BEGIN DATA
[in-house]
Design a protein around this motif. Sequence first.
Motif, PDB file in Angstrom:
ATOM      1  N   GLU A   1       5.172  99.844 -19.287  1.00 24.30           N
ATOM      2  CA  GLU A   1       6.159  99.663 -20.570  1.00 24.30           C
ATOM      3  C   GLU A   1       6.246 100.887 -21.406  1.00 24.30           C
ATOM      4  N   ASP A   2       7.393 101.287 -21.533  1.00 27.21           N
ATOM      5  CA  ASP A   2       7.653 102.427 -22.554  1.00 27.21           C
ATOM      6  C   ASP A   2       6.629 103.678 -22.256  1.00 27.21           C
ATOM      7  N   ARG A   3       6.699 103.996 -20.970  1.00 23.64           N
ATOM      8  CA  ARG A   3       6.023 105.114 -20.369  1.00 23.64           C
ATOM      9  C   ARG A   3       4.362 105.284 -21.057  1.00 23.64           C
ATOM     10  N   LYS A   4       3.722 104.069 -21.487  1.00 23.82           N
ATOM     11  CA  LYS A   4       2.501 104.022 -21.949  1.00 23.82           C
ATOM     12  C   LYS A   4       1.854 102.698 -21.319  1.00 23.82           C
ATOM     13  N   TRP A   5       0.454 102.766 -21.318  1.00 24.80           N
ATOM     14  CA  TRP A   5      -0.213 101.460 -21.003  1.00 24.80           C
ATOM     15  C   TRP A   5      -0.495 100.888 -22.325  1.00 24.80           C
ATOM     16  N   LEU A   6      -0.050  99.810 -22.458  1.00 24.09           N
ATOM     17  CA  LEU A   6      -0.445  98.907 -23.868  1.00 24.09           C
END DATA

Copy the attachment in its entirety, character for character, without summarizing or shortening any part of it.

[in-house]
Design a protein around this motif. Sequence first.
Motif, PDB file in Angstrom:
ATOM      1  N   GLU A   1       5.172  99.844 -19.287  1.00 24.30           N
ATOM      2  CA  GLU A   1       6.159  99.663 -20.570  1.00 24.30           C
ATOM      3  C   GLU A   1       6.246 100.887 -21.406  1.00 24.30           C
ATOM      4  N   ASP A   2       7.393 101.287 -21.533  1.00 27.21           N
ATOM      5  CA  ASP A   2       7.653 102.427 -22.554  1.00 27.21           C
ATOM      6  C   ASP A   2       6.629 103.678 -22.256  1.00 27.21           C
ATOM      7  N   ARG A   3       6.699 103.996 -20.970  1.00 23.64           N
ATOM      8  CA  ARG A   3       6.023 105.114 -20.369  1.00 23.64           C
ATOM      9  C   ARG A   3       4.362 105.284 -21.057  1.00 23.64           C
ATOM     10  N   LYS A   4       3.722 104.069 -21.487  1.00 23.82           N
ATOM     11  CA  LYS A   4       2.501 104.022 -21.949  1.00 23.82           C
ATOM     12  C   LYS A   4       1.854 102.698 -21.319  1.00 23.82           C
ATOM     13  N   TRP A   5       0.454 102.766 -21.318  1.00 24.80           N
ATOM     14  CA  TRP A   5      -0.213 101.460 -21.003  1.00 24.80           C
ATOM     15  C   TRP A   5      -0.495 100.888 -22.325  1.00 24.80           C
ATOM     16  N   LEU A   6      -0.050  99.810 -22.458  1.00 24.09           N
ATOM     17  CA  LEU A   6      -0.445  98.907 -23.868  1.00 24.09           C